storage02 DC

Delaware River drought watch is over

| January 19, 2017


THE DROUGHT WATCH IS OVER — at least for the Delaware River — the Delaware River Basin Commission announced today, January 18. The river was placed on drought watch on Nov. 23, 2016.

“Due to recent precipitation and snow melt, combined storage in three large upper basin reservoirs has achieved and sustained a sufficient level for five consecutive days to result in automatic termination of the basinwide drought watch,” said DRBC Executive Director Steve Tambini in a press release.

Since dry conditions persist around the watershed, Tambini urged all water users to continue to use water carefully, especially in areas where a state-declared drought is in effect. (Individual states determine their own drought situation and that can vary from state to state and county to county.)

The basis for the drought watch is how much water there is in the three New York City reservoirs that are part of the Delaware River system: Pepacton, Cannonsville, and Neversink. The combined storage in these three reservoirs had been as low as 39.3% of capacity. Today the reservoirs are at 58% of capacity according to the press release from the DRBC announcing the end of the drought watch.

The DRBC’s primary drought management objective is to insure adequate water supply, and also to insure there is sufficient flow in the lower river to repel the salt line from traveling near Philadelphia’s water intake from the Delaware.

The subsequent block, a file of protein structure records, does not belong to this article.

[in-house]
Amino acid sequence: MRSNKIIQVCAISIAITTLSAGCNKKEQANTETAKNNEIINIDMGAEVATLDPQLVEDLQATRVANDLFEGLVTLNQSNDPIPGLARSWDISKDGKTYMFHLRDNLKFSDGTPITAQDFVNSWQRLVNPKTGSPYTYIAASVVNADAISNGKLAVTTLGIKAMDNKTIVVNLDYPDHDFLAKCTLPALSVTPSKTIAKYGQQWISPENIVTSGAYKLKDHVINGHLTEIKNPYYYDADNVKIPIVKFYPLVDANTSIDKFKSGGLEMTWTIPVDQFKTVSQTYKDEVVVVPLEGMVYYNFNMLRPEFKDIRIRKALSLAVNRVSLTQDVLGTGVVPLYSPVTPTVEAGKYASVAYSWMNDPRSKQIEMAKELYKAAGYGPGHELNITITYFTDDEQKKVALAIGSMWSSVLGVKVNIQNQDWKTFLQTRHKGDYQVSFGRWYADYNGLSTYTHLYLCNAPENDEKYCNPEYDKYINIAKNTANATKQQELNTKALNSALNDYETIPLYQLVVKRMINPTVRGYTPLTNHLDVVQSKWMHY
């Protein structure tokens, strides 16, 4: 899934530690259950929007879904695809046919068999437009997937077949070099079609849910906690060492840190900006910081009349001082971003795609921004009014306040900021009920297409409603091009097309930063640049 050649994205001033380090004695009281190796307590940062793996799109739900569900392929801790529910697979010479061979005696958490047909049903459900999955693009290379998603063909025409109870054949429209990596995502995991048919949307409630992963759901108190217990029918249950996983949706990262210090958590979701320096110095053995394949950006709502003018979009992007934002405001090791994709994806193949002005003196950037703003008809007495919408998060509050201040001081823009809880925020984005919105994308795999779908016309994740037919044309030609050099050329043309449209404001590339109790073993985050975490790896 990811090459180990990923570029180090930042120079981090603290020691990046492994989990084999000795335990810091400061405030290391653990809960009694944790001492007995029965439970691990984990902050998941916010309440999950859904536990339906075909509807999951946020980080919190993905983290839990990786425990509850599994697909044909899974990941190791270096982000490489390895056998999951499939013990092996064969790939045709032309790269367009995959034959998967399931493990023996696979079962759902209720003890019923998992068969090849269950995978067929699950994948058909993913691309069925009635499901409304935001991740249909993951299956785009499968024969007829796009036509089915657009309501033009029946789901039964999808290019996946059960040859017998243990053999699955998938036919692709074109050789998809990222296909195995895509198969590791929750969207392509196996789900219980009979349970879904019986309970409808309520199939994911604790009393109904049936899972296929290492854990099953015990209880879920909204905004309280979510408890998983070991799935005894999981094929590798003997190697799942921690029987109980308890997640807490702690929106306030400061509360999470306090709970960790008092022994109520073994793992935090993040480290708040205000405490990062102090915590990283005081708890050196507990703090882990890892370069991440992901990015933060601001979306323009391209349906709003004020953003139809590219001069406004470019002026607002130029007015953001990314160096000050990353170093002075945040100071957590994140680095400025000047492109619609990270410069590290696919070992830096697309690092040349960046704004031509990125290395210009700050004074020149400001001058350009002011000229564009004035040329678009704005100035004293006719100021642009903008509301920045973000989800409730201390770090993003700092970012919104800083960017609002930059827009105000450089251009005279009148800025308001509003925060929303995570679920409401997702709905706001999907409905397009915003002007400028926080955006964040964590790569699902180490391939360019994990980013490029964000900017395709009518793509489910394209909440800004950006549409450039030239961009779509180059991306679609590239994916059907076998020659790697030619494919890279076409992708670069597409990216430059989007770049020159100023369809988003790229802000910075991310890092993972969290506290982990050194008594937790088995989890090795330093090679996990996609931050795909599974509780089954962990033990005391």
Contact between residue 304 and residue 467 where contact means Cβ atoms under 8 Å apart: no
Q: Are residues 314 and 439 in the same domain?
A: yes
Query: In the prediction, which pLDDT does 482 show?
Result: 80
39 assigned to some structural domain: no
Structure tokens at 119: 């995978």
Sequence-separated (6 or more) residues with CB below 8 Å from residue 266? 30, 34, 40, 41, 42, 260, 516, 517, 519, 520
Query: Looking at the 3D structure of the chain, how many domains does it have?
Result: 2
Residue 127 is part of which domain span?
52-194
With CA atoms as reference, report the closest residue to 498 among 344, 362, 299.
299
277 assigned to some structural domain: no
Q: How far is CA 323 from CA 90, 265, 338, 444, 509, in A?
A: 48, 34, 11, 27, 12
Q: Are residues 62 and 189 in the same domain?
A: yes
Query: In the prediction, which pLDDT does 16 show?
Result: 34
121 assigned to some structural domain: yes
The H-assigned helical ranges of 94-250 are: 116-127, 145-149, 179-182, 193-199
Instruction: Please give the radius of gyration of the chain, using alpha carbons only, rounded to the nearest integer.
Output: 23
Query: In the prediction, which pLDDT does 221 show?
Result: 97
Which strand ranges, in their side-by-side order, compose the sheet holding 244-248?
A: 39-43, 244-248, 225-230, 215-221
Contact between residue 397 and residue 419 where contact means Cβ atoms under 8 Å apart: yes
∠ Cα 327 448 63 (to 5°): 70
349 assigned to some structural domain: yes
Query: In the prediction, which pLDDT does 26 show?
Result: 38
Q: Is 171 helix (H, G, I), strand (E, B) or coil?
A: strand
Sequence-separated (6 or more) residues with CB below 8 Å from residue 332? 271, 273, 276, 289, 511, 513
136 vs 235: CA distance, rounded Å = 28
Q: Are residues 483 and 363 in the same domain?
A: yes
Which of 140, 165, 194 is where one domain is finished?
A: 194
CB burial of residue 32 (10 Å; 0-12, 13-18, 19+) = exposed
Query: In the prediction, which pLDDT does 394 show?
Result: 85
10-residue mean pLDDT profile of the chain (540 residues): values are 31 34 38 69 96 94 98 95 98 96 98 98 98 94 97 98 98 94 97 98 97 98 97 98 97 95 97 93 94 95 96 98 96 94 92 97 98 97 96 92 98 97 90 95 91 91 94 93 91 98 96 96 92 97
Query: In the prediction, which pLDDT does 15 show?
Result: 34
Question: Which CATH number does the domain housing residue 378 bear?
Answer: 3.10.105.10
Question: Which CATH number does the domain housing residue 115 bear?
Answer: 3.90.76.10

“Cooperation from the states, from New York City, and from water users and managers has been effective during the basinwide drought watch period,” said Tambini.  “Although recent trends in storage volume and the location of the salt front have been positive and DRBC is required to move from ‘drought watch’ status back to ‘normal’ status, the volume of water in the reservoirs and other indicators suggest additional cooperation and water efficiency are still needed.”

Meg McGuire

Meg McGuire

Meg McGuire has been a journalist for 30 years in New York and Connecticut. She started in weekly newspapers and moved to full-time work in dailies 25 years ago. She knows about the tectonic changes in journalism firsthand, having been part of what was euphemistically called a "reduction in force" six years ago. Now she's working to find new ways to "do" the news as an independent online publisher of news about the Delaware River, its watershed and its people.

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